Bringing the learning home (Australian Learning & Teaching Council)

Pa pa, Polska!

It’s the night before I leave Krakow and finish up my exchange experience. Obviously it’s time for a quick reflection.

I didn’t enjoy the university aspect of exchange much, I’ll be honest. I got through two subjects without reading a single academic article or piece of writing – I managed to write entire presentations and exams using Wikipedia and lecture notes alone. And to me, that is a complete joke and should never happen. Other classes I didn’t even bother turning up to because they were boring, because no one did the readings, because no one took attendance and it wasn’t mandatory and I didn’t feel obliged to sit through two hours of an old, fat jolly man enjoying the sound of his own voice while really teaching nothing we couldn’t really in a Norman Davies book.

And because I didn’t get the classes I’d organised to enrol in before I left Australia, my timetable ended up being five days a week, with the one class that attendance was taken for – Polish – being on Mondays and Fridays. No weekends away for me, really, I just skipped a couple of classes here and there but at the end of the day, I had to study and I had to pass. And again, it wasn’t terribly fun and sometimes I feel like I almost wasted my time here because I’ve only been to 6 countries, including Poland.

But 6 countries is still a lot more than a lot of other 20-year-olds I know at home have seen. How many 20-year-old Aussies can say they’ve hiked up Arthur’s Seat in Edinburgh,  have best friends in Hungary and Slovenia, touched the Berlin Wall, seen Manchester United play at Old Trafford, enjoyed the charm of Stockholm’s Gamla Stan or – more to the point – managed to stumble through four months of living in a still somewhat developing post-communist country where they didn’t know anyone, didn’t speak the language and had never been to before?

Not a bad effort, in my books. I wouldn’t come back to Poland to study again, and I don’t know if I’d come here to work in anything other than an EU-sponsored or funded job because organisation and bureaucracy is terrible here. But I hope there’s an infinite amount of visits to this incredible city in my future.

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2 responses

  1. jangothard

    Hi Lucy

    Thank you for your honest reflection on your exchange experience. So in the balance- it seems it was more than worth doing even if the academic experience was frankly unexciting, in your book. I wonder how this will influence your approach to your studies when you go back. I hope you get the chance to share with fellow Oz students back home your perception of the value of the Oz uni way of doing things (death to Wikipeida and plagiarism!) and maybe to reflect on the differences. There has to be SOME point to the Polish way of teaching – why do you think they approach things as they do? Did you have any particular expectations about study in Poland before you went or was study a kind of ‘given’ and the experience itself more the focus? Sorry, this is turning into an inquisition – I am just really interested in your reflections on your academic experience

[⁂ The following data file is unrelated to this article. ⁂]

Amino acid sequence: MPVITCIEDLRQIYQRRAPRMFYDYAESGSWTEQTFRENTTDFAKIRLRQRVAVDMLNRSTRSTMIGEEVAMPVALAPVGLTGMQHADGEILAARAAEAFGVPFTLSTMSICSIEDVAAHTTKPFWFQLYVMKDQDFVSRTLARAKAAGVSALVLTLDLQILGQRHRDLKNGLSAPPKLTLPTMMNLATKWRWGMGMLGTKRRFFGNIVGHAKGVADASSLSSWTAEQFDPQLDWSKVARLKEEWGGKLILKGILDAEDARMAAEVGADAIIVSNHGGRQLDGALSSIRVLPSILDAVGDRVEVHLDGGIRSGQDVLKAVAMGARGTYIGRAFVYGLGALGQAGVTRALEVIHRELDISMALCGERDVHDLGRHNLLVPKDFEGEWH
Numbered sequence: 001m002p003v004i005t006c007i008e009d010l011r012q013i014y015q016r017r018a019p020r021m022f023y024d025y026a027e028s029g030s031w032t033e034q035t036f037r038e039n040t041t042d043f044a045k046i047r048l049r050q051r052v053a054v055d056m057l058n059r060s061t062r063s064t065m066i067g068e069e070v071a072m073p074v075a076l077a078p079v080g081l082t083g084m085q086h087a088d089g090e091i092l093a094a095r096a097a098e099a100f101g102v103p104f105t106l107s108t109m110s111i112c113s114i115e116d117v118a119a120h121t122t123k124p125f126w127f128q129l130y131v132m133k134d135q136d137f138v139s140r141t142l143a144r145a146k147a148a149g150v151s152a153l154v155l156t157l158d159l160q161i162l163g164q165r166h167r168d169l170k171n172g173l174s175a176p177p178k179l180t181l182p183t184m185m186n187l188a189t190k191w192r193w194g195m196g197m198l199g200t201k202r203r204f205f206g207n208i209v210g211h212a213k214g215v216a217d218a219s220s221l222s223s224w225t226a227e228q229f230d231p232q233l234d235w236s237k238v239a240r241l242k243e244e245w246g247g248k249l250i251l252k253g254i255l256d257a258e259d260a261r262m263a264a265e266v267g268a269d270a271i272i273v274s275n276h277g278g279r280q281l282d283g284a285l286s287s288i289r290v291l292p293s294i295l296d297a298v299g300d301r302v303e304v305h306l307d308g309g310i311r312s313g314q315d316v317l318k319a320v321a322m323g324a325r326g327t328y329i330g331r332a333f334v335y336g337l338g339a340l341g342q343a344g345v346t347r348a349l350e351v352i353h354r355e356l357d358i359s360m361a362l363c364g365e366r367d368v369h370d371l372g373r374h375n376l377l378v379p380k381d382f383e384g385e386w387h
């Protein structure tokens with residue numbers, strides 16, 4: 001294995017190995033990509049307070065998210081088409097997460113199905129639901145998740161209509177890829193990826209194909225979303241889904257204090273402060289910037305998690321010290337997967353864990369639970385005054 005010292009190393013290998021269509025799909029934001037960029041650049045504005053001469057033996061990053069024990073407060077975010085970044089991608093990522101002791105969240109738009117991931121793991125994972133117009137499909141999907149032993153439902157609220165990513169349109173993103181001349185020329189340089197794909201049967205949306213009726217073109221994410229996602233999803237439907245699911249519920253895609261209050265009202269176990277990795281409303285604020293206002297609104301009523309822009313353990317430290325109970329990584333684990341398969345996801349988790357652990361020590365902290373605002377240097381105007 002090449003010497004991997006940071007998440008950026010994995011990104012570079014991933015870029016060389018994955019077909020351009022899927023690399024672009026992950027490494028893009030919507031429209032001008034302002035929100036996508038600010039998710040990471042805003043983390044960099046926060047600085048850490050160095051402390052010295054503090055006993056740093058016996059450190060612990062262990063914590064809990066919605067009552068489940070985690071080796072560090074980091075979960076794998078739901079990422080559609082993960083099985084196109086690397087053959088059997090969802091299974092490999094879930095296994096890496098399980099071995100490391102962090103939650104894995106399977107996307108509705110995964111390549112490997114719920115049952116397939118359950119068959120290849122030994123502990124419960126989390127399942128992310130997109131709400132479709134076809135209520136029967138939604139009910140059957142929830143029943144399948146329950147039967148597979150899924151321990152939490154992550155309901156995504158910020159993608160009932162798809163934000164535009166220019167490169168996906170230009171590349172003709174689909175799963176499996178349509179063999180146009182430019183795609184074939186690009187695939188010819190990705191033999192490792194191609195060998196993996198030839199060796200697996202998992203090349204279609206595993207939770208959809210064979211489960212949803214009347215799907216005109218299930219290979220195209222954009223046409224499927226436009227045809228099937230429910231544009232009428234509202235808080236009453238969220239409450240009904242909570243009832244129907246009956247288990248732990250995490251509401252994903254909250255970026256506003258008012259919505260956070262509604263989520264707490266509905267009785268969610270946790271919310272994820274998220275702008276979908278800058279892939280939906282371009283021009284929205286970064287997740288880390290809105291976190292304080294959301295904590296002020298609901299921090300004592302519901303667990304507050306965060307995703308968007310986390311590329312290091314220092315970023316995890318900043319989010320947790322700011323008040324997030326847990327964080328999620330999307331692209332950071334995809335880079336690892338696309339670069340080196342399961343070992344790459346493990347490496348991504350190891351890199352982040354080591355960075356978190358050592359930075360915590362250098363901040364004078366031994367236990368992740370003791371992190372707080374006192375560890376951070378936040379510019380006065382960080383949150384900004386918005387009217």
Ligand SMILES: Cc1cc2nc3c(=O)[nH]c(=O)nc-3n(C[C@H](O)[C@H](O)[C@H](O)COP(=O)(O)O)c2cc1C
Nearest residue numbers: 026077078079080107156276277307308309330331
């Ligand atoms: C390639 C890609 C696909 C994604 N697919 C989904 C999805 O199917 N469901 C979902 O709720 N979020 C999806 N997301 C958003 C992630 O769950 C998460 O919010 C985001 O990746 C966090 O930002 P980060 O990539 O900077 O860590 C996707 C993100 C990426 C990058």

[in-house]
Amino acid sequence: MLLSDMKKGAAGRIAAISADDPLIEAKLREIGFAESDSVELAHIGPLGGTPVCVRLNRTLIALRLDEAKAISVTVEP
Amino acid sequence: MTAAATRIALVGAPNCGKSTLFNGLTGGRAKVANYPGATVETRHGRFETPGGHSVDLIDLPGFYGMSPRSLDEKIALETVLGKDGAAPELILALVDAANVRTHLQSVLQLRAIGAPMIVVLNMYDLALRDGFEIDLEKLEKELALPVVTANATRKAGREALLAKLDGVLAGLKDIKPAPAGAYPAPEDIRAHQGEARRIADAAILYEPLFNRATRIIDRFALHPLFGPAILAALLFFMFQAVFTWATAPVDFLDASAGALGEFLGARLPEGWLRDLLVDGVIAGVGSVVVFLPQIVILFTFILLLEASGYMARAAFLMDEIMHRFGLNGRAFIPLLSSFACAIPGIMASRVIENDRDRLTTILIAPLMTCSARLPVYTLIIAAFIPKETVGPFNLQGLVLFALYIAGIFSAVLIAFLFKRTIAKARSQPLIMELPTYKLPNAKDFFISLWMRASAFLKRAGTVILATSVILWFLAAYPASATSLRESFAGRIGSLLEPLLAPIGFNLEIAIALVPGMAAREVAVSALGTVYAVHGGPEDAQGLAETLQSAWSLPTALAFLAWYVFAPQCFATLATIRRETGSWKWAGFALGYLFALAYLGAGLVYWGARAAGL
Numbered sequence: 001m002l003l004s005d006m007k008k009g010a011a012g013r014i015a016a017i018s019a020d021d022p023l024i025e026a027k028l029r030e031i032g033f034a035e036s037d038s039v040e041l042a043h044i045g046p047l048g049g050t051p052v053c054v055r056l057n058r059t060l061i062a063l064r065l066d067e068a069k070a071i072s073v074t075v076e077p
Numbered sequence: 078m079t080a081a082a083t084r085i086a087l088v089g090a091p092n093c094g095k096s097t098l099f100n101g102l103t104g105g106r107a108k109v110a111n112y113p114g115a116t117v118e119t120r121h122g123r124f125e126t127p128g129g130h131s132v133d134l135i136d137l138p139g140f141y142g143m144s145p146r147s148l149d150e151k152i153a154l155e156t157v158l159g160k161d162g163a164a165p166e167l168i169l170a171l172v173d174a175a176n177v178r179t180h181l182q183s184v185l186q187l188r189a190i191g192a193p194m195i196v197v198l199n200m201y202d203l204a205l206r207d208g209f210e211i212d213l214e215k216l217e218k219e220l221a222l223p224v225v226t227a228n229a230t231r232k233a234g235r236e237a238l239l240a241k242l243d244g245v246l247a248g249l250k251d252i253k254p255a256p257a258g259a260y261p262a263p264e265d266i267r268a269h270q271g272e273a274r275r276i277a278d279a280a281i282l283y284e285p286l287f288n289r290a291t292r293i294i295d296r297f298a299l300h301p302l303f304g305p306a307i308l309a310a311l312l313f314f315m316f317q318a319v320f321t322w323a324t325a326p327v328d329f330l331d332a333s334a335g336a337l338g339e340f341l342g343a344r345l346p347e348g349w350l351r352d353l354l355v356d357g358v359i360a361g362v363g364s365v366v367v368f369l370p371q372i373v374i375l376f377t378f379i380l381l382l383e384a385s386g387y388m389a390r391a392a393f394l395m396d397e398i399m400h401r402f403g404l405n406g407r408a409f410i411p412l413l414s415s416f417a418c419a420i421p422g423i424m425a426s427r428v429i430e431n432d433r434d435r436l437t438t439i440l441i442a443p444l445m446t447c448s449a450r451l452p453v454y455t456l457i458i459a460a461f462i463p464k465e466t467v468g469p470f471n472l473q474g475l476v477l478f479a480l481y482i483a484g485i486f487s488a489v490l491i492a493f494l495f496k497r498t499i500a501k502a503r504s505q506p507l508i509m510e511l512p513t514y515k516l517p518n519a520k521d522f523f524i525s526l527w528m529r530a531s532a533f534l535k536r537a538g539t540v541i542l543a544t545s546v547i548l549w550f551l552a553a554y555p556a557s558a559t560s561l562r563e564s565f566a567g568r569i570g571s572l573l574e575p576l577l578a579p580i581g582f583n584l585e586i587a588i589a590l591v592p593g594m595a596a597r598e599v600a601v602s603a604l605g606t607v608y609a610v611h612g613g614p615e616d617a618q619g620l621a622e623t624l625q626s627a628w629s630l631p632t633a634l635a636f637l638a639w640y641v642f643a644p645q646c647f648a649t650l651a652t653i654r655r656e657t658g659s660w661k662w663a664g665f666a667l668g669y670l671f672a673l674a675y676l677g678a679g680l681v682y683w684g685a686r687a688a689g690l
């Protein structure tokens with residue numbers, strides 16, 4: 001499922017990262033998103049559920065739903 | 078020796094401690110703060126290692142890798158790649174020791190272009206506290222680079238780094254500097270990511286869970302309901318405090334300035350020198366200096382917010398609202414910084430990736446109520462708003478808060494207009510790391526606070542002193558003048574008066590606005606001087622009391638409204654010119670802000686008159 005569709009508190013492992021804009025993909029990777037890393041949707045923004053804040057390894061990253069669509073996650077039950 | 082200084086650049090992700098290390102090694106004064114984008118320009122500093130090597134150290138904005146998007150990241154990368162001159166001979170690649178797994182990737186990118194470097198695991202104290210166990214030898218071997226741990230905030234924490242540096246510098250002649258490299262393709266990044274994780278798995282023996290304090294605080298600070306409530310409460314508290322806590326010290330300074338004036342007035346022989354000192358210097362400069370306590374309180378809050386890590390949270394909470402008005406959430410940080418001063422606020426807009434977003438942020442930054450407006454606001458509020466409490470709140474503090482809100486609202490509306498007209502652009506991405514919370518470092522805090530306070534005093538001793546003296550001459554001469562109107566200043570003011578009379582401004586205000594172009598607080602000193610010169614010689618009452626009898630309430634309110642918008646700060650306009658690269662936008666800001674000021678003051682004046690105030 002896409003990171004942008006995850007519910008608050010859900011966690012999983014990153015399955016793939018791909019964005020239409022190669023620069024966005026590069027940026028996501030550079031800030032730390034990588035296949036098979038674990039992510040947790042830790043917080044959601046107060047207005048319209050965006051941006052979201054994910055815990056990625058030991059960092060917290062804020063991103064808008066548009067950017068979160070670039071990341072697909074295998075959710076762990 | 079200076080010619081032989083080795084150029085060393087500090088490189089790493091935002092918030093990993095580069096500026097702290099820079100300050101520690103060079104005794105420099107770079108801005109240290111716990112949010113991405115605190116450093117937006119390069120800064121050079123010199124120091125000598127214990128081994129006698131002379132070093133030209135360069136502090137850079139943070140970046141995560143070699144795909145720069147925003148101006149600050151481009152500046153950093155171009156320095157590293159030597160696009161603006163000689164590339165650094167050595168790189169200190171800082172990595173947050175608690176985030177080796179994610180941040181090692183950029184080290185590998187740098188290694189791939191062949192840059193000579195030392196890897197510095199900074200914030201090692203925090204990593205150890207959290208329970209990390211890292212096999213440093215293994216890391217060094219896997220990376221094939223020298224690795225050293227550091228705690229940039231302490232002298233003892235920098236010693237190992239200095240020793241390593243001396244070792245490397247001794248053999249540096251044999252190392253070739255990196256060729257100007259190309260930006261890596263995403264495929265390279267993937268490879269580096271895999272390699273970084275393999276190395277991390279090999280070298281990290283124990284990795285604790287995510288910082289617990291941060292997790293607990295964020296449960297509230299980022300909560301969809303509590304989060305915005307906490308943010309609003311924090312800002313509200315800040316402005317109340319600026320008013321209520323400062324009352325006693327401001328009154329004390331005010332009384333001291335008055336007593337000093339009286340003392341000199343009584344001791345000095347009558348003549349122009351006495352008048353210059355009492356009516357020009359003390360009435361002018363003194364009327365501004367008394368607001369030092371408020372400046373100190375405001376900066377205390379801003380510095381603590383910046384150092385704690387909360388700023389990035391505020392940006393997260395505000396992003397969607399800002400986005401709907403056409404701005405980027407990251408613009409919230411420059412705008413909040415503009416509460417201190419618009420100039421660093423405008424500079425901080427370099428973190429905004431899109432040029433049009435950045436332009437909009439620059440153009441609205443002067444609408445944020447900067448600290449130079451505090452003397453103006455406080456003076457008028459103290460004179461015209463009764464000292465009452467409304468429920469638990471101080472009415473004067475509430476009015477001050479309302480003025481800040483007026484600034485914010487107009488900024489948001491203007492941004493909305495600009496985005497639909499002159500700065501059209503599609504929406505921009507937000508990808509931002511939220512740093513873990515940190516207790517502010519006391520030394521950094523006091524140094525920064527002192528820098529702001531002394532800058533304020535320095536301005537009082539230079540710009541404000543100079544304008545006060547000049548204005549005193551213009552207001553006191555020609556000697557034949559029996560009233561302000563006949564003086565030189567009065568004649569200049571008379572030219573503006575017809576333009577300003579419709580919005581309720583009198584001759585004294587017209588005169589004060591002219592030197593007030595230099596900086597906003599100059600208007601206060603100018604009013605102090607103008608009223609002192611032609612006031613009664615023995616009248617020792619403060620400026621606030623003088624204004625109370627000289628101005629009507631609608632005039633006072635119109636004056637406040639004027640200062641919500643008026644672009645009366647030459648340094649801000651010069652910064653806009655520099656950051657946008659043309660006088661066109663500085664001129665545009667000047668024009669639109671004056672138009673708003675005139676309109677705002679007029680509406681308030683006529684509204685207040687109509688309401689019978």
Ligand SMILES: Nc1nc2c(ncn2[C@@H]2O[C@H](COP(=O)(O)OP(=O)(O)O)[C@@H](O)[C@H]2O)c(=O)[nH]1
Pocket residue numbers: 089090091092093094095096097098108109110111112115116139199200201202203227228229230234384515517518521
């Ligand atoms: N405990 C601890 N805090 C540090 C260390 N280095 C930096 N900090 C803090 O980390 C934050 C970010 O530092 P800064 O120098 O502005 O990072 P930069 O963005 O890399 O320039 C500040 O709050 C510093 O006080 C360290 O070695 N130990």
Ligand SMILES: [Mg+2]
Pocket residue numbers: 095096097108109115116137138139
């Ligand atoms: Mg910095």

You are right – your experiences have made you a very different 20 year old to the person you were before you left. Let us know how that feels once you’re back home.

    Jan

    February 9, 2011 at 11:36 pm

    • I don’t think I really got the ‘Polish’ way of teaching – because all my subjects were in English, my subjects were basically entirely created for foreign students and not really for Polish students. There were one or two Poles in a couple of my classes, but by and large it was all masters degree students from other countries or Erasmus students.

      I guess perhaps the rationale was just to make it easy for everyone involved – lecturers don’t have to spend too much time marking really dense and complex work from foreigners and can focus on their domestic students who are here for a whole degree, and students don’t have to put much effort in and can focus on going out drinking or travelling or whatever else they want to do, so they won’t really say a bad word about the university when they have a cruisy time.

      I thought it would be at least a little bit similar to Australia – I thought all subjects would demand at least one piece of properly researched & cited work, because I thought that would be the case anywhere I went. I thought the idea of research and inquiry being integral to academia was a fairly universal thing. But again, maybe exchange students are treated a little bit differently.

      February 13, 2011 at 5:11 am

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